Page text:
I can’t have an impact on others who are in the same mental place I was before I went vegan by only talking with vegans, eating at vegan restaurants and buying from vegan stores. I need to be in the thick of it, where people will ask that crucial question, “Why don’t you eat meat?”
If I truly love animals like I love humans, then I’ll defend them in the same way. I won’t hide away eating vegan meals in my room. I will roll up in my local burger joint and order the vegan burger in my VeganMotivation.com t-shirt (coming soon).
I’m then going to tell the manager that my vegan friends would eat here too if they had more vegan options. I’m then going to make friends with the staff and, when they ask why I’m vegan, I’m going to explain and hopefully inspire them to try it too.
It’s not hypocritical to be a vegan and eat at a restaurant that serves meat, or to shop where meat is sold. It’s hypocritical not to go to these places and stand up for what you know is right; to represent the animals and spread the necessary love and positivity needed to create a more compassionate world.
Like it or not, we are a movement, a progressive one at that; one that is leading the good fight towards a world with less torture and murder, one where all sentient beings can enjoy their earth-given right to life. We must get out there and show others what we stand for.
I’m not saying you should go into McDonald’s and start preaching or handing out leaflets with slaughterhouse pictures while people are eating, I’m simply saying that you shouldn’t withdraw from society, label everyone a bad person and avoid places where meat is served or sold.
Change will never happen if you don’t stand tall in the places where you are challenged by adversity.
The reality is that the vast majority of meat eaters I encounter are in exactly the same denial I was before going vegan.
They can’t watch the videos, they can’t listen to the descriptions of animals being mistreated – they can’t face the truth. Moreover, 90% of them avoid eating animal organs such as tongue, liver or kidney, why? Because those parts provoke real-life images of a real animal in their minds…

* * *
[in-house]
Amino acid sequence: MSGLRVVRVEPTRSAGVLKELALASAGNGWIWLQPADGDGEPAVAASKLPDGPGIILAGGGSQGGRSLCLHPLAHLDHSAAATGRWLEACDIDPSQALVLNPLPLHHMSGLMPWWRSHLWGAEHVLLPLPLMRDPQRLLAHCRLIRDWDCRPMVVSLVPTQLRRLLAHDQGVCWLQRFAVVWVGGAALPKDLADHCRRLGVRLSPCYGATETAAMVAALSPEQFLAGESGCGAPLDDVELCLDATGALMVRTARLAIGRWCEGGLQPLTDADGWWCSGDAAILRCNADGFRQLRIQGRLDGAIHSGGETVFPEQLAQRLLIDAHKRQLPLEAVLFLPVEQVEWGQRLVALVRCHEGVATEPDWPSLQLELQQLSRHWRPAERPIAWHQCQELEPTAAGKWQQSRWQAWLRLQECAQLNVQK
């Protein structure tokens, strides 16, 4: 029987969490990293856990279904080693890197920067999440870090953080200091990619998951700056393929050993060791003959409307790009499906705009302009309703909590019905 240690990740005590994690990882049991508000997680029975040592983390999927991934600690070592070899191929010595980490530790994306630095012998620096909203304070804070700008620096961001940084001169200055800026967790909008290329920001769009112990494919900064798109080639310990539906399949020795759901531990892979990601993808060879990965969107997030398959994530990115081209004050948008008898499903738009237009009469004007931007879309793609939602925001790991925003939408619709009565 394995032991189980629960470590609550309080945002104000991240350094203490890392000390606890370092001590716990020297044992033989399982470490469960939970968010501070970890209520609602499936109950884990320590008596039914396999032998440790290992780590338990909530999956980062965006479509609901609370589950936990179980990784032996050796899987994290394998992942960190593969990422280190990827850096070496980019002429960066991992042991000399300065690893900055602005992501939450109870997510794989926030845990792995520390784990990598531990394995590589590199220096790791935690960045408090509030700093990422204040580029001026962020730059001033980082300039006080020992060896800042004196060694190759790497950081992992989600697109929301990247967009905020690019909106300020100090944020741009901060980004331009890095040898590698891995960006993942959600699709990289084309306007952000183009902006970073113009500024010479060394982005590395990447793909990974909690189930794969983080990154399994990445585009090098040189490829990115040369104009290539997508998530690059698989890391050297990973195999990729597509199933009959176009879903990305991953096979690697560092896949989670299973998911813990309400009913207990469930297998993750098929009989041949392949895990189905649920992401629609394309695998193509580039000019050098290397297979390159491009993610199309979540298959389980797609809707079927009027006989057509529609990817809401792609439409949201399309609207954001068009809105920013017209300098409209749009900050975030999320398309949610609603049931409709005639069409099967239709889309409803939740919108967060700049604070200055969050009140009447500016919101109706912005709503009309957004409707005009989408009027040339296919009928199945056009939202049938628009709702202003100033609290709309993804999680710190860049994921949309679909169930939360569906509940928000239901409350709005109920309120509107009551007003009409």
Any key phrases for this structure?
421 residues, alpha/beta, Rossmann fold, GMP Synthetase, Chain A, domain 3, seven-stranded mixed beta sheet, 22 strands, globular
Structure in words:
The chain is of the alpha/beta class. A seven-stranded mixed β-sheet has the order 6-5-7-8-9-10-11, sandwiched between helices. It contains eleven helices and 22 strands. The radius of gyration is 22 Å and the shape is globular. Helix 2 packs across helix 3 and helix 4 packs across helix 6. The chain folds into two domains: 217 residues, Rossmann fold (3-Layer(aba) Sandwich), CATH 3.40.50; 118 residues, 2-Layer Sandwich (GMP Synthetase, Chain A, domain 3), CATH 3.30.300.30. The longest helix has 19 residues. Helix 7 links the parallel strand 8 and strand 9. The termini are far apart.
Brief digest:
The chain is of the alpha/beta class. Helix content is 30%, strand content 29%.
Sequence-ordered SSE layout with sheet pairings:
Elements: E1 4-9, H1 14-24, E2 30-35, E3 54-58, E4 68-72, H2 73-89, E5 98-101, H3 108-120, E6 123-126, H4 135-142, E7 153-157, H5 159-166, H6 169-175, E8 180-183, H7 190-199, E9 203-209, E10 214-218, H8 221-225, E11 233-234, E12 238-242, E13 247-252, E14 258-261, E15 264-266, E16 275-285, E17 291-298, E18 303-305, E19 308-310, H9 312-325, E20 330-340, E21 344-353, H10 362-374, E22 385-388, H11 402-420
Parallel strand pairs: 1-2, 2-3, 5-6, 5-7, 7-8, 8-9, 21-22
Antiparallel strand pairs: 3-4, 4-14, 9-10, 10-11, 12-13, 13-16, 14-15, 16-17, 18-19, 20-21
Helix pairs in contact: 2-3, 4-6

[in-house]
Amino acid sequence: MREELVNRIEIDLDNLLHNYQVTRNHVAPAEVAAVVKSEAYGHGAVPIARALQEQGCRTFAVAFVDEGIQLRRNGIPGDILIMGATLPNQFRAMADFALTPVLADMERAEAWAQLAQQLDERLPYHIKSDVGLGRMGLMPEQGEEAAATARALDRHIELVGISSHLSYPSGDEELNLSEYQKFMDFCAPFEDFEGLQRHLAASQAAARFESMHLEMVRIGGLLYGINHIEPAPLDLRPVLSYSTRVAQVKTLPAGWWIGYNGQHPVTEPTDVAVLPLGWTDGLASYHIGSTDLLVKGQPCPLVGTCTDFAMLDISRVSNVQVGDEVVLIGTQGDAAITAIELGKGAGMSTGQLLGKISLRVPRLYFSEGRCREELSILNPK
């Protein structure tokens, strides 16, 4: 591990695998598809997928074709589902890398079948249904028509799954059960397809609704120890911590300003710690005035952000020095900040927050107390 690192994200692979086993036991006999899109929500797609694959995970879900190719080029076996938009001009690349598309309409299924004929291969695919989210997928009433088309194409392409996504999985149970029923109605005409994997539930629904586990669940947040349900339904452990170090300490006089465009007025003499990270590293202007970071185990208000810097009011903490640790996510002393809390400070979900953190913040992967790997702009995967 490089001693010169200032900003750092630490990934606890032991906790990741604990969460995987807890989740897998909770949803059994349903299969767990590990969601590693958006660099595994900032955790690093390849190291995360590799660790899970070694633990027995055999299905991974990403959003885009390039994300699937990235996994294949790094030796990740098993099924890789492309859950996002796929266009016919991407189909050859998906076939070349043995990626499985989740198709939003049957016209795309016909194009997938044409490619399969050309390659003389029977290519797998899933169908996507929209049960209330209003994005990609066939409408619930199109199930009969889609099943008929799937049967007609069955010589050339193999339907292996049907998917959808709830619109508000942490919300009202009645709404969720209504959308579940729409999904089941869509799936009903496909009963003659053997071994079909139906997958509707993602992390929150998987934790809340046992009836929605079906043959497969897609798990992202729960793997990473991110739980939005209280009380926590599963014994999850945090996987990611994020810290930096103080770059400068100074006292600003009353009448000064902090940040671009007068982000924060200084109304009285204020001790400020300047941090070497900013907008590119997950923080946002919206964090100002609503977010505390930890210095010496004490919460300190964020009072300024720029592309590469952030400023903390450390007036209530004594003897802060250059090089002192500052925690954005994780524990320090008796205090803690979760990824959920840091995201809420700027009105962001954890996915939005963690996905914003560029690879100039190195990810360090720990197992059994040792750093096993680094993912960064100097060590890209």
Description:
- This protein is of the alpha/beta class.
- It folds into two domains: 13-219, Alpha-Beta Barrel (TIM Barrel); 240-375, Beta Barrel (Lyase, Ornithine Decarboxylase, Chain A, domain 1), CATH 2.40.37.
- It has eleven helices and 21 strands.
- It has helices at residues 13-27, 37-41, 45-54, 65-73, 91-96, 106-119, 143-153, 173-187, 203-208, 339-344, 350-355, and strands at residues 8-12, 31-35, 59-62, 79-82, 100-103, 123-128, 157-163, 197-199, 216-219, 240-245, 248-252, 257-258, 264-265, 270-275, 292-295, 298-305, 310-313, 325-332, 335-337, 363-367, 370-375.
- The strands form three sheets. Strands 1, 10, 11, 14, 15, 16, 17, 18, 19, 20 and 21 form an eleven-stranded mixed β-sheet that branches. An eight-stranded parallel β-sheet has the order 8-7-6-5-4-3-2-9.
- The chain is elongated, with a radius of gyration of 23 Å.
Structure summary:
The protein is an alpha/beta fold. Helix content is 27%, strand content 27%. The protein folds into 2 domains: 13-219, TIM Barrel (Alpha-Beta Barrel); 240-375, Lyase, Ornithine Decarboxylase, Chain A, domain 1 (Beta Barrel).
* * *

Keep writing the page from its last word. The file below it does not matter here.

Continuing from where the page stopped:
…Doesn’t this tell you something? If eating meat comes so naturally to world, why do we have to sugarcoat its consumption?
Why, when we eat meat, do we have to distance ourselves from the animal, the life, the being? I don’t see a lion turning his nose up at the brain of a zebra, complaining that he’d rather have some breast. So it’s important that we are present to discuss such issues and raise these points.
To create change, you have to be seen and heard. You’re not supporting animal suffering by avoiding eating at non-vegan restaurants or shopping at non-vegan store. In fact, trying to do that is likely to make you very frustrated and disappointed because it’s very difficult to maintain consistency. How are you going to find a vegan gas station that doesn’t stock milk chocolate bars or sell ham sandwiches?
It’s impossible to avoid the meat-eating world, and we won’t change restaurants, stores or the big corporations who supply them by hiding away.
Think about it like this: if you influence one restaurant to start selling a vegan option, that’s a huge win. If you repeatedly ask for a particular vegan product in your local grocery store and they end up stocking it, that’s an important step towards a vegan world.
So if someone accuses you of being a hypocrite for eating in a meat-serving restaurant, or for buying your tofu from a store that sells meat, flip them the V sign. V for “vegan”, that is.